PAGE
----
When the finder’s photographs were sent through to us, we knew this new hoard from Silverdale in Lancashire, was going to be one of the major enterprises of the year for us and our colleagues. Silver arm-rings, brooch fragments, ingots and coins had all (bar one coin) been found in, or underneath, a lead container.

Check out the rest. The picture of the Silverdale Hoard certainly looks impressive – I can’t even imagine what it’s like to dig up something like that. (However, if that inspires you to go out metal-detecting, we’ll go 80:20 on the spoils, right?)


The Perfect Bookstore

A confession: books were losing their appeal to me. Not their contents, but in terms of the physical artefact. I’ve been working with books in one way or another for around 8 years now, so they were becoming… mundane. Nothing special. This is surprising, because when I first started out, I loved books greatly. I adored their smell. I loved the sense of being surrounded by thousands of ideas by thousands of writers, no matter how niche their interests.

Somewhere over the years, that affection disappeared. Has that happened to anyone else?

Writing books, perhaps, contributed to that a little – in that self-depreciating sense that if I could write one of these, then it no longer seemed special. Also, when you enter a bookstore, as a published writer you’re all of a sudden concerned about whether or not the store has a copy of your book, how many they have, was it on offer, and so on. Visiting a bookstore when you’re an author can become something of a self-indulgent trip if you’re not careful.

Then I visited the Strand Book Store in New York, which has 18 miles of shelves. That’s a lot of books, from new-ish releases to antiquarian books on the top floor. And, pretty quickly, in another city, far away from my own concerns, I remembered why I loved books. It was incredible to be surrounded by so many tomes, so many forgotten writers, to wander through those maze-like shelves. There was an energy about the place. Something clicked.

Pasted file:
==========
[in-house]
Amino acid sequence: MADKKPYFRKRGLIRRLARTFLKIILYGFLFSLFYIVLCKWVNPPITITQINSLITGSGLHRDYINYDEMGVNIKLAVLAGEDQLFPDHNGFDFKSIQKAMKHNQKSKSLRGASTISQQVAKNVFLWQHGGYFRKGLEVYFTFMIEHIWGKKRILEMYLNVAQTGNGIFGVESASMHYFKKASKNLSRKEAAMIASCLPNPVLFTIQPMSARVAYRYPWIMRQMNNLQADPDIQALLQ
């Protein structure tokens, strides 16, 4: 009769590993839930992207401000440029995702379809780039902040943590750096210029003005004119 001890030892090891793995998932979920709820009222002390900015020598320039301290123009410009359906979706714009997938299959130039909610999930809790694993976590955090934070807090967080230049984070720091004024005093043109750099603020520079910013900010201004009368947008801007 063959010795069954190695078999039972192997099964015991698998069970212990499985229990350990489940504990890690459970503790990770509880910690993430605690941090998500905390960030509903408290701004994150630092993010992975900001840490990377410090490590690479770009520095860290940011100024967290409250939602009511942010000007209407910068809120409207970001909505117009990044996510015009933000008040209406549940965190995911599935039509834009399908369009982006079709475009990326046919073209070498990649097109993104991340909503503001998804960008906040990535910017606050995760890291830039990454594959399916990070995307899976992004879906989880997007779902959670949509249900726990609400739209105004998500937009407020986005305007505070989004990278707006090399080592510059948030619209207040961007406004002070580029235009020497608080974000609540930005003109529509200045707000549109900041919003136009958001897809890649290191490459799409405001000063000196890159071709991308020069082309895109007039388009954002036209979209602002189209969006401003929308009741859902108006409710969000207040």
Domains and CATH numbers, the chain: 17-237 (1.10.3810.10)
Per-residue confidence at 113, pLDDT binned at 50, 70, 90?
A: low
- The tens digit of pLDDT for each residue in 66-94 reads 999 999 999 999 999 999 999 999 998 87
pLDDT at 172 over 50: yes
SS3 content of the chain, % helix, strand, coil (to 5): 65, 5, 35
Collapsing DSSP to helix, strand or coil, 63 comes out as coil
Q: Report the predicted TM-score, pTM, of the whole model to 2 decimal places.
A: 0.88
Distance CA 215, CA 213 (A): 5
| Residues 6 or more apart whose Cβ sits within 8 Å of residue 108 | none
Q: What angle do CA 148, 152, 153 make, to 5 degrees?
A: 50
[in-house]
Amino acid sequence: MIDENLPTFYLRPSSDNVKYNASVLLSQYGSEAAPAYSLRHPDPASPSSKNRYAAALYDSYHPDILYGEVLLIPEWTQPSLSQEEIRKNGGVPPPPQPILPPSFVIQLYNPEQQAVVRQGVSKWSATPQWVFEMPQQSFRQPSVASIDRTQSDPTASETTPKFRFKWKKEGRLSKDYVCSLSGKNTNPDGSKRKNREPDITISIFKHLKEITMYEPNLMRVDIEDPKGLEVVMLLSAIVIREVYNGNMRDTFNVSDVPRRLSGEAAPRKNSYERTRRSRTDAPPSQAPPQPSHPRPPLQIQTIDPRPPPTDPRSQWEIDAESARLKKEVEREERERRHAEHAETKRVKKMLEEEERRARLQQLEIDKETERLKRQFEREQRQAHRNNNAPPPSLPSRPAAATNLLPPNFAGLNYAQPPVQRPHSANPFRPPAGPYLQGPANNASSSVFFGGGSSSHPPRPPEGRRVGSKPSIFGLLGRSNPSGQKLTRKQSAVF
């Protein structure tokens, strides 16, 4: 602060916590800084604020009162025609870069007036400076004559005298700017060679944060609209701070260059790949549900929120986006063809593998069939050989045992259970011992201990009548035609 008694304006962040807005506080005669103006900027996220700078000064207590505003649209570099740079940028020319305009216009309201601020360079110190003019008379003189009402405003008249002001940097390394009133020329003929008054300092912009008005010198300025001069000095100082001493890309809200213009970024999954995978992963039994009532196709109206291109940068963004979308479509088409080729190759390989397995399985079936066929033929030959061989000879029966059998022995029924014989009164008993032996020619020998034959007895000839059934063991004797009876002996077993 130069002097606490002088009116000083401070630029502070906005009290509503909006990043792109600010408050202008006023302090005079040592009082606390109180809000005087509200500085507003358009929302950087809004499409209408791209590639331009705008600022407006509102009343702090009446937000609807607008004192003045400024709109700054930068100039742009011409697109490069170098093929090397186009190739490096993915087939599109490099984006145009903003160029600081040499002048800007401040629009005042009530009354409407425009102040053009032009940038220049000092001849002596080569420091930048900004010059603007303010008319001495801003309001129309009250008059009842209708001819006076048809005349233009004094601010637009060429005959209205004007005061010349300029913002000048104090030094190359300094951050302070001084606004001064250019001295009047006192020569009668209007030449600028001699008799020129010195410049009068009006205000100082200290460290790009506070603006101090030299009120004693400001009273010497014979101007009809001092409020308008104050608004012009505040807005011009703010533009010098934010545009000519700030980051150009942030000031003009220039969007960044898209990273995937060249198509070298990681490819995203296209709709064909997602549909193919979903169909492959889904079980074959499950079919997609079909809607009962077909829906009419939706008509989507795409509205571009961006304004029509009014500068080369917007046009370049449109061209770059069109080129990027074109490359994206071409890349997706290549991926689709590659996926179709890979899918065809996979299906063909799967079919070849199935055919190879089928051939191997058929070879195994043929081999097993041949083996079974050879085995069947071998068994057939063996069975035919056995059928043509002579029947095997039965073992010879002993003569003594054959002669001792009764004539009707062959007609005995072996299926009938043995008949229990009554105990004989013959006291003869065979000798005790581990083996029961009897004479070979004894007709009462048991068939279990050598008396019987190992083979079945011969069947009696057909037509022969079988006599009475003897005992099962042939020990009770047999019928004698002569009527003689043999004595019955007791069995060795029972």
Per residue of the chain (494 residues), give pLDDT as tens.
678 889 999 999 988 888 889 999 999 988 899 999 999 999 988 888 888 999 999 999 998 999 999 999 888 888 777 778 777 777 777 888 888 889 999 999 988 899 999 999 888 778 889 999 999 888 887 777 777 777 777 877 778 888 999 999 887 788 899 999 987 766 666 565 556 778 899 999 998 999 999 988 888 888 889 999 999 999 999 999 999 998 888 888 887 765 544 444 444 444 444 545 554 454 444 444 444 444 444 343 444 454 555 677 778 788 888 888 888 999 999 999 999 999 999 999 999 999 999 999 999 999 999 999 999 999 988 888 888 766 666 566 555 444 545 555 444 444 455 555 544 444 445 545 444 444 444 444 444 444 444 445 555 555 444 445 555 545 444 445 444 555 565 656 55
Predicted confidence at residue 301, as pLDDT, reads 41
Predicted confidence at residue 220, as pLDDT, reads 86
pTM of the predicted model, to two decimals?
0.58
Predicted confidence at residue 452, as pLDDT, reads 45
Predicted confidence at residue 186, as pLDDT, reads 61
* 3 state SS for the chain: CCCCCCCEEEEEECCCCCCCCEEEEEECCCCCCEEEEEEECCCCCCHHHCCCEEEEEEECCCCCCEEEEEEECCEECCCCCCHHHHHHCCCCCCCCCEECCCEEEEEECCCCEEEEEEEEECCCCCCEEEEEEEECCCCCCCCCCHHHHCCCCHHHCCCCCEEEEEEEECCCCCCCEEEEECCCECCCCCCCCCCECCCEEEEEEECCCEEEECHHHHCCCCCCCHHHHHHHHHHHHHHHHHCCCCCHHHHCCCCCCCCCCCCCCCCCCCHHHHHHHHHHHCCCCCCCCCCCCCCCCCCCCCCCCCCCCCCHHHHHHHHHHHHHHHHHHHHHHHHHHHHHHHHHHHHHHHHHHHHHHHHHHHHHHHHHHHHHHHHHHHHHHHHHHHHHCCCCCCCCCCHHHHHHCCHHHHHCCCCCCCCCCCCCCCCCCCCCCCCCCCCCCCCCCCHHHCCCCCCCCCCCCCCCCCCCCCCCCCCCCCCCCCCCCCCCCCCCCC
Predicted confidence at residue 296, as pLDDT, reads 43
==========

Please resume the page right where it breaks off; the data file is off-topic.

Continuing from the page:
The place reminded me of how bookselling should be (and used to be like): not stacking discounted items high in a race to the bottom of the industry. Instead, books were displayed everywhere according to what staff wanted or recommended rather than some central list. That made for a lot of fascinating browsing. There were loads of friendly booksellers on hand, too. The entire building seemed like a book haven, with a strong community feel: something buying online or ebooks can’t provide. You can just tell when a bookstore is loved by people – because it’s full of customers even in the middle of the week.

Needless to say, I bought loads of books (things on Roman history and law, related to a future project), but I didn’t even think about what I was spending because it was just so pleasant to stand in a place that clearly loved books. I thought it was pretty much the perfect bookstore. If you ever happen to be in New York, you must pay a visit.

And if anyone else knows of some hidden gems, then please share…